Searching for Israel (Part Eleven): Manasseh Found

Article by Charles Whitaker

Jacob's prophecy in Genesis 48 promises that Manasseh will be a great nation. One nation in today's world is the unmistakable fulfillment of this prophecy.


The Nation of Israel—Biblical Israel? (Part Two)

'Prophecy Watch' by Pat Higgins

Most people think 'Israel' simply means 'the Jews.' However, the Bible shows that the Jews are only part of the larger people of Israel, which still exist today.


Globalism (Part Three): America Runs Over the Wall

'Prophecy Watch' by Charles Whitaker

The epicenter of current globalism is Israel, specifically Manasseh. Today, 'globalization is made in America.'


Searching for Israel (Part Two): Blessings in Faith

Article by Charles Whitaker

The blessings granted to Jacob's sons as well as Joseph's sons, Ephraim and Manasseh, identifies the descendants of ancient Israel today.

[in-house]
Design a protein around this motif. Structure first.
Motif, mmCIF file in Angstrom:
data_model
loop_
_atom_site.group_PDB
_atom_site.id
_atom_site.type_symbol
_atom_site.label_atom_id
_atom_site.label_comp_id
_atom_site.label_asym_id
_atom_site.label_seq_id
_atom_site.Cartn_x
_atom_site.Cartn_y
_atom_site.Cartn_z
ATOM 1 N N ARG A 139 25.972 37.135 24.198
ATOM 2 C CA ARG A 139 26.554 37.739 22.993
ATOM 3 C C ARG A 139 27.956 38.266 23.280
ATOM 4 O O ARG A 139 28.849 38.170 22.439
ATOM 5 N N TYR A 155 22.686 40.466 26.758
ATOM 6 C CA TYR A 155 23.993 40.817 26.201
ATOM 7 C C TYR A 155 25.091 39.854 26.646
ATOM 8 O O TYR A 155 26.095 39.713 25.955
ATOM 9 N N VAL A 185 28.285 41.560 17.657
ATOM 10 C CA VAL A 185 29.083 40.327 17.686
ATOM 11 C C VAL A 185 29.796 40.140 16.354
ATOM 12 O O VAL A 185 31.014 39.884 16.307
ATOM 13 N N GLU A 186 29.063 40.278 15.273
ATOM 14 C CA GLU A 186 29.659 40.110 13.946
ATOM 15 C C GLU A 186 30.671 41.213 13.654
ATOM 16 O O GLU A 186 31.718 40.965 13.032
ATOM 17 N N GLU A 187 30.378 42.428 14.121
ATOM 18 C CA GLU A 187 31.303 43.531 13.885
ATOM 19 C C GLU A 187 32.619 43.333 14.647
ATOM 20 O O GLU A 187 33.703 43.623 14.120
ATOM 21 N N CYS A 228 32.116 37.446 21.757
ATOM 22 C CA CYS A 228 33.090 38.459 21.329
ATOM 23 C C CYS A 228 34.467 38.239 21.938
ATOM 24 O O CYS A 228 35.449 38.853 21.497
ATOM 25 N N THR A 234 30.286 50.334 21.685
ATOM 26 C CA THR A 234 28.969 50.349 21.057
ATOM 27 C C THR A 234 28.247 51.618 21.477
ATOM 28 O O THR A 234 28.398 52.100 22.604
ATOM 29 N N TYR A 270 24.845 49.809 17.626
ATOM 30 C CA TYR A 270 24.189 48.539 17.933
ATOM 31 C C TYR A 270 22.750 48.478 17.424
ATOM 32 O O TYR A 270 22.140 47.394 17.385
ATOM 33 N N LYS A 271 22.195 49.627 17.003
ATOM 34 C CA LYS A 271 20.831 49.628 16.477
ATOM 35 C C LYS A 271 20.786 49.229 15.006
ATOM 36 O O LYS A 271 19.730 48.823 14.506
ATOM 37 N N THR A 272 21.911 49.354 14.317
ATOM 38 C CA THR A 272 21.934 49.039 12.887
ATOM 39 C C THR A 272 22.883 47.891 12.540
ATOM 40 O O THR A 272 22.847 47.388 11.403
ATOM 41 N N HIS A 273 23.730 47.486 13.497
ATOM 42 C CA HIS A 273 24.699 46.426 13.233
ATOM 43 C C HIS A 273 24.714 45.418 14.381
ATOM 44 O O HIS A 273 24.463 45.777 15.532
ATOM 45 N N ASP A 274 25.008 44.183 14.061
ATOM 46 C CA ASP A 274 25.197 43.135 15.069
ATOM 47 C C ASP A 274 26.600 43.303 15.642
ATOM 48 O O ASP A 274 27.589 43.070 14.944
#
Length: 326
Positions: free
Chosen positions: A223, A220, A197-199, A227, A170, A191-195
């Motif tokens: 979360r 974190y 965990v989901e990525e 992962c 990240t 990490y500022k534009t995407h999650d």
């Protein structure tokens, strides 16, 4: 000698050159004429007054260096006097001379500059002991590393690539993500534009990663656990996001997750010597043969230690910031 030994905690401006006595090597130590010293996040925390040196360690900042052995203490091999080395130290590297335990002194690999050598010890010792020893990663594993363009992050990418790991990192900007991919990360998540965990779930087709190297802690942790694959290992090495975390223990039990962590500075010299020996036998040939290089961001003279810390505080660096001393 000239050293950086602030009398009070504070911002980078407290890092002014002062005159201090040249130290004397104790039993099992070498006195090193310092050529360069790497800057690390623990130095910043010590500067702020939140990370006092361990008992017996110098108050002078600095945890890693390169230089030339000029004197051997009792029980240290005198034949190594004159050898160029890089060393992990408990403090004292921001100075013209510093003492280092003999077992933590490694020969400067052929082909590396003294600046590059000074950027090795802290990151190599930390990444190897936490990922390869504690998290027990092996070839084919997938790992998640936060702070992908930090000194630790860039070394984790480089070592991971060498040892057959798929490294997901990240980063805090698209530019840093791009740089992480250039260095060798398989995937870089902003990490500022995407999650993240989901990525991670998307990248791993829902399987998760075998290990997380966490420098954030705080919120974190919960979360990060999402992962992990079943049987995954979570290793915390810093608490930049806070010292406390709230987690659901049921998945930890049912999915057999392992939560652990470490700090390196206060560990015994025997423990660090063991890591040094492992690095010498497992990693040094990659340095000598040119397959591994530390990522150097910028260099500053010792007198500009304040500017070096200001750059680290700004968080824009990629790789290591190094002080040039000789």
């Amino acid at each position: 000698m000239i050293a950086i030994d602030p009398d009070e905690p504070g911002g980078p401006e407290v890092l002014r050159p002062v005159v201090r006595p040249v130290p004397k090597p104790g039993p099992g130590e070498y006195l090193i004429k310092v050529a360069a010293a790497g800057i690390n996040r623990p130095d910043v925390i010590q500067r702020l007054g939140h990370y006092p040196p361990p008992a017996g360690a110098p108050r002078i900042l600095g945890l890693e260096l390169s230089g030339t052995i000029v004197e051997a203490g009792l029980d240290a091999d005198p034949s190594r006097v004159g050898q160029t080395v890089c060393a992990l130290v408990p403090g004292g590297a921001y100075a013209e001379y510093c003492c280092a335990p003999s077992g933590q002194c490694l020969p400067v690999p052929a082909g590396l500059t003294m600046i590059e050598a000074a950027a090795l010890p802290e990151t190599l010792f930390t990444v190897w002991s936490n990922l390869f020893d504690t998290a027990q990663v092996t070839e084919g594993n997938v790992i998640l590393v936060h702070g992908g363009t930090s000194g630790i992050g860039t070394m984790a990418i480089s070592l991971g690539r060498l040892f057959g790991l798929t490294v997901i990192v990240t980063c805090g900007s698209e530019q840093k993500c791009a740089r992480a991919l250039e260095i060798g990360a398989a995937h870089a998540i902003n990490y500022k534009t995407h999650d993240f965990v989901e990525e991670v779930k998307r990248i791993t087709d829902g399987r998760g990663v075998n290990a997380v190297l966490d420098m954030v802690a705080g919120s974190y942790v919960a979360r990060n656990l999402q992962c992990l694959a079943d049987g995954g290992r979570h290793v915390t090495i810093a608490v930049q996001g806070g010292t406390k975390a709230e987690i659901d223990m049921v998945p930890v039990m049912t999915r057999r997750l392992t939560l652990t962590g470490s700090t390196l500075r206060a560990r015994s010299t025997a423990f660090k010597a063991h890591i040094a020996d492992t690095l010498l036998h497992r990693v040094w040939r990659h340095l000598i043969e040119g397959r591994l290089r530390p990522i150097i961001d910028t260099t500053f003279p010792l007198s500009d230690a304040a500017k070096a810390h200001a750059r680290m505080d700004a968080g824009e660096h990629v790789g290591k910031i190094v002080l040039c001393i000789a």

Officially to Blame

CGG Weekly by Richard T. Ritenbaugh

Perhaps the most certain decision to come out of the UN World Summit is that America and Britain are officially to blame for every ill that plagues planet earth.


The Doctrine of Israel (Part Twelve): Joseph

Sermon by Richard T. Ritenbaugh

God frequently bypasses the firstborn, selecting for His purposes another sibling. Jacob selected Joseph's second son, Ephraim, to receive the blessing.


American Amnesia

CGG Weekly by Richard T. Ritenbaugh

Americans have a memory problem—and always have. ...


The Certainty of God's Promises

Feast of Tabernacles Sermon by Kim Myers

If we measure God's promises by our own behavior, it would be discouraging and disappointing. But God can be absolutely trusted to keep all of His promises.


The Beast and Babylon (Part Ten): Babylon the Great Is a Nation

'Personal' from John W. Ritenbaugh

Most commentators identify the Harlot of Revelation 17 and 18 as either a church or a broader cultural system. However, the Harlot is a powerful nation.


BC (Before Columbus)

CGG Weekly by Richard T. Ritenbaugh

The last generation of scholarship has fallen for the 'noble savage' myth, that is, that indigenous peoples are fundamentally better, more ethical people.